Philly Orchard Project Gets Anonymous $100K Grant

Donation will let hundreds of fruit trees bloom on empty lots all over the city, with a special focus on low-income communities.

Philly Orchard Project Facebook.

Philly Orchard Project Facebook.

A latter-day Johnny Appleseed has just given a citywide community orchard program a huge chunk of, ahem, seed money to help it create green infrastructure in neighborhoods that could use some all over Philadelphia.

The $100,000, five-year grant from an anonymous donor to the Philadelphia Orchard Project (POP) marks two milestones for the 7-year-old organization: the planting of its 1,000th fruit tree and the creation of its 50th neighborhood orchard, both of which took place during 2015.

POP currently supports 58 neighborhood orchards, 38 of which it planted in partnership with local civic, nonprofit, charitable and service groups in neighborhoods across the city. The bulk of the orchards are located in North and West Philadelphia. In addition to planting 1,021 fruit trees to date, POP has also planted 1,864 shrubs and vines and 11,596 perennial plants since its launch.

“We see these orchards as multifunctional green infrastructure,” said POP executive director Phil Forsyth. “In addition to providing fresh food, we see them as providing opportunities to connect neighborhoods and residents to the food system, to provide educational opportunities, and to provide opportunities for urban enterprise through agricultural entrepreneurship programs.

“We also see them as a double carbon offset. The trees absorb carbon dioxide, and the fruit they provide also reduces food miles by making fresh food available right in the community.”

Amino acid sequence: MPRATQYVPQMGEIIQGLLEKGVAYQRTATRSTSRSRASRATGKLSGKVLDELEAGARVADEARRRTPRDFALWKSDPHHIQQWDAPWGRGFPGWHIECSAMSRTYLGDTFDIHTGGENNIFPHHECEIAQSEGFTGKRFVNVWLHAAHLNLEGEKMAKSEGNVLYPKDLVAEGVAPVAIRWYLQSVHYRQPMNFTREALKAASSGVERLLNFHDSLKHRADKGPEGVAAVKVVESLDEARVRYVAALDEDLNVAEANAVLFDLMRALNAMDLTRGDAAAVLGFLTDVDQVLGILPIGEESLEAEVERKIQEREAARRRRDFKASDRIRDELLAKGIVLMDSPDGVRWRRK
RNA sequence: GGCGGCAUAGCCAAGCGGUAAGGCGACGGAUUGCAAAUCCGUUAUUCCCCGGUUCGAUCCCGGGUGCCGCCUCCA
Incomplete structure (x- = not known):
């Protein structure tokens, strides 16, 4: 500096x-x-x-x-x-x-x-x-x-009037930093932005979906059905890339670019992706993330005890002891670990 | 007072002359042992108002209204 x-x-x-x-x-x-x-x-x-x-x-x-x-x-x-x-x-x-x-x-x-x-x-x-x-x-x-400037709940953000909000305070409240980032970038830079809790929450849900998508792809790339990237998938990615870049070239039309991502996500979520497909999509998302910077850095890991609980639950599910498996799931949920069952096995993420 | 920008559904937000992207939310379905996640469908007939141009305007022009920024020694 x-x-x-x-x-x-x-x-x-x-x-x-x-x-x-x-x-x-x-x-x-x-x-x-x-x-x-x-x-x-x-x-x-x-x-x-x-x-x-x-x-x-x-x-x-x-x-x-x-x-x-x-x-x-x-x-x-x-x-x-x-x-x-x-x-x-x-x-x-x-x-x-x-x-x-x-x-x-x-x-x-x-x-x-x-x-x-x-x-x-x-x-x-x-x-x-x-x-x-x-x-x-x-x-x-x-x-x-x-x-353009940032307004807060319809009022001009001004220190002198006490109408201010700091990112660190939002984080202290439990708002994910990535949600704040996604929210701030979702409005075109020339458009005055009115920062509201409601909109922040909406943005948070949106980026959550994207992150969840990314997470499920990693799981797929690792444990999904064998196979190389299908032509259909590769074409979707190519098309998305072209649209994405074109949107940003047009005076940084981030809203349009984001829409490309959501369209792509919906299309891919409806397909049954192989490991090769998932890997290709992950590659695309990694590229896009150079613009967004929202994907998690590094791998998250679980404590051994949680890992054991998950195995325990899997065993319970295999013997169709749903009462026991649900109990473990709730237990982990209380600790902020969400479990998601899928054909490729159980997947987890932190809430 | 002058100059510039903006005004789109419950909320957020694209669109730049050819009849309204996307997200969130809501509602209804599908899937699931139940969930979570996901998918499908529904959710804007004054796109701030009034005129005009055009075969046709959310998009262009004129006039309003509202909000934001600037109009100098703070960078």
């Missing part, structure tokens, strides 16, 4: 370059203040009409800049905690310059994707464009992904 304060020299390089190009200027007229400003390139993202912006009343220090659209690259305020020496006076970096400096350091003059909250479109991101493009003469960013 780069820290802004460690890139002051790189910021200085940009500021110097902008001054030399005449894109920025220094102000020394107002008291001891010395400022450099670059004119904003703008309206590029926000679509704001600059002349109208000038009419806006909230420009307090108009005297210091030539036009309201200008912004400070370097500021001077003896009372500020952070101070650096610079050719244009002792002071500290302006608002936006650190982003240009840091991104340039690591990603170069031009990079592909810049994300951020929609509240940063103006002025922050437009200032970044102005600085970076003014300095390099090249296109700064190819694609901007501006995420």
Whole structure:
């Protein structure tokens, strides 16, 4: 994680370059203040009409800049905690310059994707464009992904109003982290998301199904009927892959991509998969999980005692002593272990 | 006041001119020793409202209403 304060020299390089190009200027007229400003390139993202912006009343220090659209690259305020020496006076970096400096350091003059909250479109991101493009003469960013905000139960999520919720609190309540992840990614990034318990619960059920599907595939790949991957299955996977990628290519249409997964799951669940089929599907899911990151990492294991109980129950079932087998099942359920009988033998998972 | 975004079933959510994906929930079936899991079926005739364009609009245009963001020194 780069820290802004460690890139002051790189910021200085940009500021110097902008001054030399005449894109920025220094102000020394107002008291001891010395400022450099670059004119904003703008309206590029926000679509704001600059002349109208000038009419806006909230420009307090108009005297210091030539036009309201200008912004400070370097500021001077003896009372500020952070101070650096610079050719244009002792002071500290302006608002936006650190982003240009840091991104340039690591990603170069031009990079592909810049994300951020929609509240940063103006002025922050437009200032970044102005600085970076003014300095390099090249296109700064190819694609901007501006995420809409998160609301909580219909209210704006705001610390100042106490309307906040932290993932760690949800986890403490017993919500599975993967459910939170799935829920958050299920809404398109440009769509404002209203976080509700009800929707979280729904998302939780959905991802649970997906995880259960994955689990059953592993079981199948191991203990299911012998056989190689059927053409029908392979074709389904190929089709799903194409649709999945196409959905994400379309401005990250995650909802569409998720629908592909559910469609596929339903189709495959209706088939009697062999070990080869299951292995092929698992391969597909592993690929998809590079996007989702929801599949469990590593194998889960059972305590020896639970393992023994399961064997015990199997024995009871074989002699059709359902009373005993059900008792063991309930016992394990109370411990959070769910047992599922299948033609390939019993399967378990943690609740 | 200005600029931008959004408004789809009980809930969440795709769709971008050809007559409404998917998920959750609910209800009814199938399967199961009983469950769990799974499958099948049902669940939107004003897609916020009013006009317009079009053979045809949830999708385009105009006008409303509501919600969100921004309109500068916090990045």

If this sounds familiar, it is: POP was founded by activist Paul Glover, who is now pursuing a more ambitious orchard-based community development project in the Logan neighborhood. “Paul is no longer directly involved with POP, but he comes out to our events and supports us,” Forsyth said.

The donation is being made to a new entity called the Pomona Fund, named for the Roman goddess of fruit trees, gardens and orchards. “The Pomona Fund honors the legendary goddess Pomona, whose golden apples provided a long and healthy life. The Pomona Fund will likewise help POP sustain the healthy growth of its many orchards for years to come,” Forsyth said in a news release.

The Pomona Fund grant is spread out over five years, providing $20,000 per year to the organization. Forsyth said the money will help the organization provide additional support resources to its community partners, such as a tool library, and will help it meet its goal of planting six new community orchards a year.

“One of the advantages of orchards over vegetable gardens as green infrastructure is permanence,” Forsyth said. “The trees can last as long as a century, and they produce hundreds of pounds of fruit each year as well as reduce stormwater runoff. We see them as permanent parts of the city infrastructure.”

The Pomona Fund will also match individual contributions to POP’s annual fundraising appeal dollar for dollar, up to $20,000. The appeal begins on Giving Tuesday — tomorrow, December 1st. Donations can be made via the link on the POP website.

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